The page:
Drama students stage renegade landscape

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Photo by Sophie Gould.

On Thursday, the Western-inspired play “Outlaw Jean” makes its debut at the Iseman Theater. Written by Martha Kaufman DRA ’13 and directed by Jack Tamburri DRA ’13, “Outlaw Jean” tells the story of a scheming bandit returning to her “bedbug-infested” hometown to confront her family. The play, which runs through Saturday, is part of the Yale School of Drama Studio Series, a program that brings together Drama students from different concentrations to collaborate on original productions.

Q Why write a play about outlaws?

Martha Kaufman I was teaching through the O’Neill Playwriting Program [in which local high schoolers receive playwriting instruction from Drama School students], working with students from [New Haven’s] Coop High School, and we all went on a retreat in the spring. Someone presented an assignment where the students had to write an outlaw story and it had to have a moment of redemption. It got me thinking about why the outlaw always has to be redeemed in this sort of American narrative. Why does the extreme individual — the cowboy or the outlaw — have to be delivered from the ways of sin?

Jack Tamburri They either have to be brought into the fold, or killed. Those seem to be the two things that can happen.

K Exactly.

Q The lives of outlaws are drastically different from those of graduate students. How did you go about creating Jean’s world?

K I was interested in the figure of the outlaw and how that evolved from the cowboy, and I studied those narratives from early American literature. I read a lot more theory than I did plays, but I looked at [American playwright and actor] Sam Shepard and the French playwright Jean Genet who wrote about outlaws and good and evil. [I also studied] characters like Billy the Kid and novels, films and poetry about outlaws.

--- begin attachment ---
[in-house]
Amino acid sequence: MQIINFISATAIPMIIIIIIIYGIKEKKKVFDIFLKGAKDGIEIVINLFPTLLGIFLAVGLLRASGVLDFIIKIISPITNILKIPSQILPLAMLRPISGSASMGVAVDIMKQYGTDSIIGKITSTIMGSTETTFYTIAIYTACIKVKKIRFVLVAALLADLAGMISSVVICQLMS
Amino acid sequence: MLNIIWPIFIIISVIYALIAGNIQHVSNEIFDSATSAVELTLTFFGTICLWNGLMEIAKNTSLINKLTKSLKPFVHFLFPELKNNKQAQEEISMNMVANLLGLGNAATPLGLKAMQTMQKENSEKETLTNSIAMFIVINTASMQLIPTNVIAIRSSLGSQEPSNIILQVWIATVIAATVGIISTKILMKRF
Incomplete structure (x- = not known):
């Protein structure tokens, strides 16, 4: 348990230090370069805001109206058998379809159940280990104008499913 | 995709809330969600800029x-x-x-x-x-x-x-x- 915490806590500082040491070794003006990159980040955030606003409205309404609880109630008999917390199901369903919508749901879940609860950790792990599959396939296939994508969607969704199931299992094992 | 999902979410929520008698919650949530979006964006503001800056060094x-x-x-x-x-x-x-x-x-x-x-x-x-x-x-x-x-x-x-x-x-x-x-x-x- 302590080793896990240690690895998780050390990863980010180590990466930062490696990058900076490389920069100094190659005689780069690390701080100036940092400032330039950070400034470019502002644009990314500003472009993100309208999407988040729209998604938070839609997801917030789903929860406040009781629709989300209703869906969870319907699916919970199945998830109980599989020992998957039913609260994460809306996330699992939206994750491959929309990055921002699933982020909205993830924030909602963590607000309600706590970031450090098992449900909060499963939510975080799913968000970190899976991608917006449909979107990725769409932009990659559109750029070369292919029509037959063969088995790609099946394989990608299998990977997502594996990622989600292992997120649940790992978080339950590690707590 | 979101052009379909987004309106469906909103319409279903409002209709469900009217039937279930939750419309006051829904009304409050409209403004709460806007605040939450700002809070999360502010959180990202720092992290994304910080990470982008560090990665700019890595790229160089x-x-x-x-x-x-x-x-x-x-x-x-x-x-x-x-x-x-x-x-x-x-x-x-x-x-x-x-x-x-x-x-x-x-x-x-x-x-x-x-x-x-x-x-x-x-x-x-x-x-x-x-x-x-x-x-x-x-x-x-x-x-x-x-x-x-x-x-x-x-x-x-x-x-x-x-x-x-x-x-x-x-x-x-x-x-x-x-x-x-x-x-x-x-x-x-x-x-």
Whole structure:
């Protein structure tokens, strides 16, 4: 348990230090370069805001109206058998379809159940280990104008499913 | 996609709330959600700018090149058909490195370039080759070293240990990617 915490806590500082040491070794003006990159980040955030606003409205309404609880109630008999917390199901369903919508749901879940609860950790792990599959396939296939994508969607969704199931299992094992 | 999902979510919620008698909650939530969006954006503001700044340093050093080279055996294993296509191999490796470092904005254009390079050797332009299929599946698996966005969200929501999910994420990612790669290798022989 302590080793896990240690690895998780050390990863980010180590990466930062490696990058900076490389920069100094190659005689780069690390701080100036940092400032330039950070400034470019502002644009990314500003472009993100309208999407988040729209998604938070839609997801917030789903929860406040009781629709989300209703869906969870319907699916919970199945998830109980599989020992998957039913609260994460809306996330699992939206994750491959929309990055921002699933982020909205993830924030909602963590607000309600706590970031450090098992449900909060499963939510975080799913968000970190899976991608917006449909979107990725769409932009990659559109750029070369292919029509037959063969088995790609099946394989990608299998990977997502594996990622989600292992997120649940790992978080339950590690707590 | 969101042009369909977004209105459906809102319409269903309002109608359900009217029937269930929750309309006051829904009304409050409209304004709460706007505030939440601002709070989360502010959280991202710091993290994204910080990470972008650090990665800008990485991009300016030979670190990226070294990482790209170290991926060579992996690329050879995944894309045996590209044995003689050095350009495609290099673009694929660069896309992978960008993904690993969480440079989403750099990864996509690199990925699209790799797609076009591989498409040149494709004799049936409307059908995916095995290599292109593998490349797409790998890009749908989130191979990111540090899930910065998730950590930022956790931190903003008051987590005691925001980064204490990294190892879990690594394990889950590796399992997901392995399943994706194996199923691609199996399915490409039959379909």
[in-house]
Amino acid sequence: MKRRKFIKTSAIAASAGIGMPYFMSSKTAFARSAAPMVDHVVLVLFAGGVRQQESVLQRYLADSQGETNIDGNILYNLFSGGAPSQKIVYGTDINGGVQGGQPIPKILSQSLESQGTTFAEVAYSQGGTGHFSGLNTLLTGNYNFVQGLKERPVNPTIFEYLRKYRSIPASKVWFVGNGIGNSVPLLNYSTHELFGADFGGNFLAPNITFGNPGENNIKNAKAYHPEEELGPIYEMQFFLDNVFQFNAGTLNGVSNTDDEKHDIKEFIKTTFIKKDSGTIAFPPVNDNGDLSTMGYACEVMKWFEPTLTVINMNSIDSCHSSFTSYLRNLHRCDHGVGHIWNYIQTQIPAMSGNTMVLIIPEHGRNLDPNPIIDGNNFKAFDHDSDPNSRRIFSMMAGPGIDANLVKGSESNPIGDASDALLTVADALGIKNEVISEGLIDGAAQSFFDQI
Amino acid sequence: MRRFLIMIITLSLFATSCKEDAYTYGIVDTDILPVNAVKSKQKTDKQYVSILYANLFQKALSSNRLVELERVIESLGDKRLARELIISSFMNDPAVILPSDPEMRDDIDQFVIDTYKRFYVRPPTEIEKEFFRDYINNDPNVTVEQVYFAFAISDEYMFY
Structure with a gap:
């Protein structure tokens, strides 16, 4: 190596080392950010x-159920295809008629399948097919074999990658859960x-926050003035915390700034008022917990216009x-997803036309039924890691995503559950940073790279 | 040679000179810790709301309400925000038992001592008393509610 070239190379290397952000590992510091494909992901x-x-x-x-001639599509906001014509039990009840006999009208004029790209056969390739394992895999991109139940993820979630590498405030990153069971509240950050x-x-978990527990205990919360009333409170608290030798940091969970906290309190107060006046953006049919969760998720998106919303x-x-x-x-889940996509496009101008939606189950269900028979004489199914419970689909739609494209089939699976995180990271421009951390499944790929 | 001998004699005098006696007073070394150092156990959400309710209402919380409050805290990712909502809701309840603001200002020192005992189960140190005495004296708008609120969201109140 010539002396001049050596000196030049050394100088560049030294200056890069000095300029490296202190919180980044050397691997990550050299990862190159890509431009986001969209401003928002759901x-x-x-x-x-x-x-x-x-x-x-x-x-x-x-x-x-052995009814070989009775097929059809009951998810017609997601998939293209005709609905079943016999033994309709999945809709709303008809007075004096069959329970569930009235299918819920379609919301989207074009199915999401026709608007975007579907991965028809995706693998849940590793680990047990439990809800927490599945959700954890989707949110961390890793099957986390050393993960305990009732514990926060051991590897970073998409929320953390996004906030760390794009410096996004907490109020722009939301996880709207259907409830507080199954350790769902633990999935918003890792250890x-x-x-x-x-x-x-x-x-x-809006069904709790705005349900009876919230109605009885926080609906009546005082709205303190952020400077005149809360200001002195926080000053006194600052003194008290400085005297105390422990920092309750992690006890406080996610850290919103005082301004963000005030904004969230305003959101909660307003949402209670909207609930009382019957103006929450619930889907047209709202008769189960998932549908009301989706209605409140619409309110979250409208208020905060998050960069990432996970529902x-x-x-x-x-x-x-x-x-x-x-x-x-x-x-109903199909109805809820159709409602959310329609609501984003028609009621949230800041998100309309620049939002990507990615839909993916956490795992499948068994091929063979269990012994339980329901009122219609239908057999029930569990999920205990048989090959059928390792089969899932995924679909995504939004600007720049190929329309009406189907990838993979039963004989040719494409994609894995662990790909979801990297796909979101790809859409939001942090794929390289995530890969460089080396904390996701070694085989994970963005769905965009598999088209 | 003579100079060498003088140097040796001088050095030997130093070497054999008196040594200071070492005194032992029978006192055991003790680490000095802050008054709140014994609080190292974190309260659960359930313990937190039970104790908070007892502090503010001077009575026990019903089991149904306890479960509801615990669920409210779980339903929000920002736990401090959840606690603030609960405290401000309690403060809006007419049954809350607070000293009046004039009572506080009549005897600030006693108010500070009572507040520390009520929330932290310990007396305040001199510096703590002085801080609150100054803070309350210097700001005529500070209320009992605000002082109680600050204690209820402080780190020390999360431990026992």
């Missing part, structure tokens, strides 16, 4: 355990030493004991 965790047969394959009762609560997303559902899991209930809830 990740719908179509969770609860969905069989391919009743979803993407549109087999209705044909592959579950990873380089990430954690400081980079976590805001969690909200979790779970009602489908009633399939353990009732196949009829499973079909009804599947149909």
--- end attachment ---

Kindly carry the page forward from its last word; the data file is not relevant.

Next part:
T She went all the way back to the pilgrims, through 20th century Westerns.

K I was looking at the roots of American cowboys and outlaws in early Puritan narratives. But there are arguably other origins.

Q How did you guys end up working together?

T The drama school paired us up!

K Let’s get it straight — we’re not friends or anything!

T I’ve been following Martha’s work since we got to school together, and, last year, I worked on a scene she wrote, which was really fun.

Q What was the process like, adapting this play for the stage?

T When I came into the process, she had a complete draft. Emily Reilly DRA ’13, our dramaturg, Martha and I had a series of meetings about the play, increasing in specificity. First we just sat on Martha’s porch with a few drinks and talked about outlaws. Then we had three-, four-hour meetings when we looked at the play line by line and identified its structure and events just to make sure we all knew what we were talking about before rehearsal.

Q You’ve got writing and directing covered, but what about the production aspects of the play?

T We don’t have any designer support, so we had to be our own producers and designers, building all the light cues, integrating sounds, lights and costumes. The thing about this festival is the process is incredibly fast because the point is to get the script onstage as it is and show everyone what the play is right now. From there, Martha can go into the next phase of the script, whatever she wants to do with it.

Q Is the tone of “Outlaw Jean” goofy and light-hearted, or dark and serious?

K We’re starting out more clownish, over-the-top, kind of “Kill Bill,” but we’re ending up a bit more naturalistic, like Sam Shepard. The play’s actually structured like a Greek tragedy.

T In the first scene, the lead outlaw walks in and says, “I’ve got 12 dead bodies in my truck, help me hide them.” That’s the world we’re starting from. Then we gradually move someplace else.

Q What are you hoping audiences will take away from “Outlaw Jean”?

K I hope that they enjoy themselves — that’s important when you go the theater — and I [hope] they reflect [on] their beliefs about individualism and family and how those relate to American values.

T I want the audience to have experienced a surprising journey from this cartoonish, guns-blazing Western world to something that I think is kind of shattering. I hope that they’ve experienced a story in which they are compelled by all sides and there’s no clear hero or villain.

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